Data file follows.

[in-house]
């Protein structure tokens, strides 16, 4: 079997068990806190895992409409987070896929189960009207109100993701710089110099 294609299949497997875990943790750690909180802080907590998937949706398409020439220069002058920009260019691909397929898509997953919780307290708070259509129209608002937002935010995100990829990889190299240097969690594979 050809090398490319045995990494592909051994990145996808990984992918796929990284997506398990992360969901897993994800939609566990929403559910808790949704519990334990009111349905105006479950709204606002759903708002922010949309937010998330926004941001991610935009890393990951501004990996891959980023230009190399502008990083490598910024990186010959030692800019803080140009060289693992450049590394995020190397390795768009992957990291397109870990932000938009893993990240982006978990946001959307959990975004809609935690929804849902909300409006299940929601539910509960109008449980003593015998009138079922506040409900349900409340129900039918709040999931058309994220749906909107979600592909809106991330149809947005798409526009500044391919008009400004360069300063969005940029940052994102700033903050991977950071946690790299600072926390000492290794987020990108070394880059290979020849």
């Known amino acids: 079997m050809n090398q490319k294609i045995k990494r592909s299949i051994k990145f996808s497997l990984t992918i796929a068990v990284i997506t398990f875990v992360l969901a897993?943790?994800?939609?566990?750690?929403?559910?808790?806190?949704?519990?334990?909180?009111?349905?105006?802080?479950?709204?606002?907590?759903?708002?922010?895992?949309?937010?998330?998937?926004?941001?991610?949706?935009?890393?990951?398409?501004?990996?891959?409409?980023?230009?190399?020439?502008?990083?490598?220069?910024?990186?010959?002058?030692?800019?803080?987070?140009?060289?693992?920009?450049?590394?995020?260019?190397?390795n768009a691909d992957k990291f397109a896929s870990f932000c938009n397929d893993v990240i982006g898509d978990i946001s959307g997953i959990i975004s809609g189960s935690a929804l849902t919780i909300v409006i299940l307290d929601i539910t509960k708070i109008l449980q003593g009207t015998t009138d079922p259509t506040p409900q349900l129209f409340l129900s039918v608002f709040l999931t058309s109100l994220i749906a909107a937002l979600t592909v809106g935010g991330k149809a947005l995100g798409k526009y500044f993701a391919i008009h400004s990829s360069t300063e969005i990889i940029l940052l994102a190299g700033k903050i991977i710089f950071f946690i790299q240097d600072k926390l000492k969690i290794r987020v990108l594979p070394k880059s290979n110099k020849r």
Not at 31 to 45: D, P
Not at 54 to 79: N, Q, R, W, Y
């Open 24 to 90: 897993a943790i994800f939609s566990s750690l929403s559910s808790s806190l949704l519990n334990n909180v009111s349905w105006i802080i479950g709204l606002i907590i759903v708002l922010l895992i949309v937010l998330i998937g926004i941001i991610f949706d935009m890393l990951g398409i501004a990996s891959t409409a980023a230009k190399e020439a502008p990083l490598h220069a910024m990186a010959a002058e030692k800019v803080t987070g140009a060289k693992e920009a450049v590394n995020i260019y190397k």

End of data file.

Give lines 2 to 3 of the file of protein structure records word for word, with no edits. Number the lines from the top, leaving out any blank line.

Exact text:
């Protein structure tokens, strides 16, 4: 079997068990806190895992409409987070896929189960009207109100993701710089110099 294609299949497997875990943790750690909180802080907590998937949706398409020439220069002058920009260019691909397929898509997953919780307290708070259509129209608002937002935010995100990829990889190299240097969690594979 050809090398490319045995990494592909051994990145996808990984992918796929990284997506398990992360969901897993994800939609566990929403559910808790949704519990334990009111349905105006479950709204606002759903708002922010949309937010998330926004941001991610935009890393990951501004990996891959980023230009190399502008990083490598910024990186010959030692800019803080140009060289693992450049590394995020190397390795768009992957990291397109870990932000938009893993990240982006978990946001959307959990975004809609935690929804849902909300409006299940929601539910509960109008449980003593015998009138079922506040409900349900409340129900039918709040999931058309994220749906909107979600592909809106991330149809947005798409526009500044391919008009400004360069300063969005940029940052994102700033903050991977950071946690790299600072926390000492290794987020990108070394880059290979020849």
């Known amino acids: 079997m050809n090398q490319k294609i045995k990494r592909s299949i051994k990145f996808s497997l990984t992918i796929a068990v990284i997506t398990f875990v992360l969901a897993?943790?994800?939609?566990?750690?929403?559910?808790?806190?949704?519990?334990?909180?009111?349905?105006?802080?479950?709204?606002?907590?759903?708002?922010?895992?949309?937010?998330?998937?926004?941001?991610?949706?935009?890393?990951?398409?501004?990996?891959?409409?980023?230009?190399?020439?502008?990083?490598?220069?910024?990186?010959?002058?030692?800019?803080?987070?140009?060289?693992?920009?450049?590394?995020?260019?190397?390795n768009a691909d992957k990291f397109a896929s870990f932000c938009n397929d893993v990240i982006g898509d978990i946001s959307g997953i959990i975004s809609g189960s935690a929804l849902t919780i909300v409006i299940l307290d929601i539910t509960k708070i109008l449980q003593g009207t015998t009138d079922p259509t506040p409900q349900l129209f409340l129900s039918v608002f709040l999931t058309s109100l994220i749906a909107a937002l979600t592909v809106g935010g991330k149809a947005l995100g798409k526009y500044f993701a391919i008009h400004s990829s360069t300063e969005i990889i940029l940052l994102a190299g700033k903050i991977i710089f950071f946690i790299q240097d600072k926390l000492k969690i290794r987020v990108l594979p070394k880059s290979n110099k020849r």